New Buildings Have No Beauty or Courage

By Crace, Jim | The Birmingham Post (England), June 29, 2000 | Go to article overview

New Buildings Have No Beauty or Courage


Crace, Jim, The Birmingham Post (England)


Award-winning writer Jim Crace was inspired to write his novel Arcadia by early plans for the redevelopment of the Bull Ring. We invited him to comment on the latest model for the scheme, which went on display this week.

My immediate reaction to the latest Bull Ring scheme is that this is the same old story of Birmingham's lack of confidence in its architecture. Because it has no confidence, it wants to look like other places. All that does is to encourage the homogenisation of this city. I've just come back from Chicago, an immensely distinctive and beautiful city which has its own vernacular style.

Here we don't have any enthusiasm for our architecture except a cussed fondness for buildings like the Rotunda. It's very interesting that the one thing that seems to be exciting people about the Bull Ring development is the future of the Rotunda, rather than responding to the beauty or courage of the new buildings - because they have no beauty or courage.

On the skyline of a great city a statement is being made, but there is no statement here.

The skyline is a non-skyline, it's a huge mish-mash.

This redevelopment is replacing something that's ugly, but works because of the democratic feel of its spaces, with something that's just as ugly but has had the democracy taken away from it. We know those market spaces are not going to work in this context.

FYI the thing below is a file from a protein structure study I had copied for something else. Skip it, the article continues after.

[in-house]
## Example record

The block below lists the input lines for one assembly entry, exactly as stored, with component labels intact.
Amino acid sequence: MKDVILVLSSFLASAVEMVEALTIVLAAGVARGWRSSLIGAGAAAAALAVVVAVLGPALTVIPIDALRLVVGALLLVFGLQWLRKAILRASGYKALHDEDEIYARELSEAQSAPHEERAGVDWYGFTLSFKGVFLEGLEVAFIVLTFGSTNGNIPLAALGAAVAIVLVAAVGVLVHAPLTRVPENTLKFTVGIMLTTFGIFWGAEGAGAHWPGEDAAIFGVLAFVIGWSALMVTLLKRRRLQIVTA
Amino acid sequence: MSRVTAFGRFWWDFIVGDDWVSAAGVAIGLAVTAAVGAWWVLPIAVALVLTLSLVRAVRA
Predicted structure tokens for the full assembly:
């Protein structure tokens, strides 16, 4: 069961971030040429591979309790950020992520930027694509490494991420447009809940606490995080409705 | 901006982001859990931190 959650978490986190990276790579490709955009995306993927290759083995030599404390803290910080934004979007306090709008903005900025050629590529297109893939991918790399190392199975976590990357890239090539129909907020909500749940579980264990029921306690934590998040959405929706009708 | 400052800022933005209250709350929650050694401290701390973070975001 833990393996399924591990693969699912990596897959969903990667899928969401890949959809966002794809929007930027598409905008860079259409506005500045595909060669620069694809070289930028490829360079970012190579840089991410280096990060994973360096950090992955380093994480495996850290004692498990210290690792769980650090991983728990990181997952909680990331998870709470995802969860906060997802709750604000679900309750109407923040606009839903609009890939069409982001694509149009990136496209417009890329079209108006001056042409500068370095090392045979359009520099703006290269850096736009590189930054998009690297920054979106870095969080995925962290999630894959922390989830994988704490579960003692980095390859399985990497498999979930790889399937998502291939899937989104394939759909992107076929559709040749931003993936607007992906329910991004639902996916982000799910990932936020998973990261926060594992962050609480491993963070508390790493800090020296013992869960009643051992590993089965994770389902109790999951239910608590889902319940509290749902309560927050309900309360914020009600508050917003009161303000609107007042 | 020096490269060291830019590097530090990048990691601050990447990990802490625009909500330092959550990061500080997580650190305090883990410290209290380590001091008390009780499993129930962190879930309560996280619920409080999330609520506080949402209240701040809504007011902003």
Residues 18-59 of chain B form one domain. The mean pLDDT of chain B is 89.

Everyone knows it was a great mistake to go higher than the spire of St Martin's church. The spire ought to be free, rather than dominated by high buildings.

One of the things we were promised was that this new development was going to reintroduce the slope from the Rotunda down into Digbeth, to give us a sense of vision and some panoramic views. When Birmingham for People were campaigning against the original plans we thought this was the one victory that had been achieved.

But these plans don't deliver that. There is no sense of geography, there is no sense of history. It's very depressing.

It's going to be more of the same. How far can you extend these streets with all these international chain shops and international-looking buildings? What Birmingham desperately needs is areas which are different from the areas we've already got.

The tunnel next to the Rotunda is robbing us of the one thing we have got there at the moment - the sky. That's the last thing you need when you come out of a shopping mall where you don't know whether you're facing east, north or west. …

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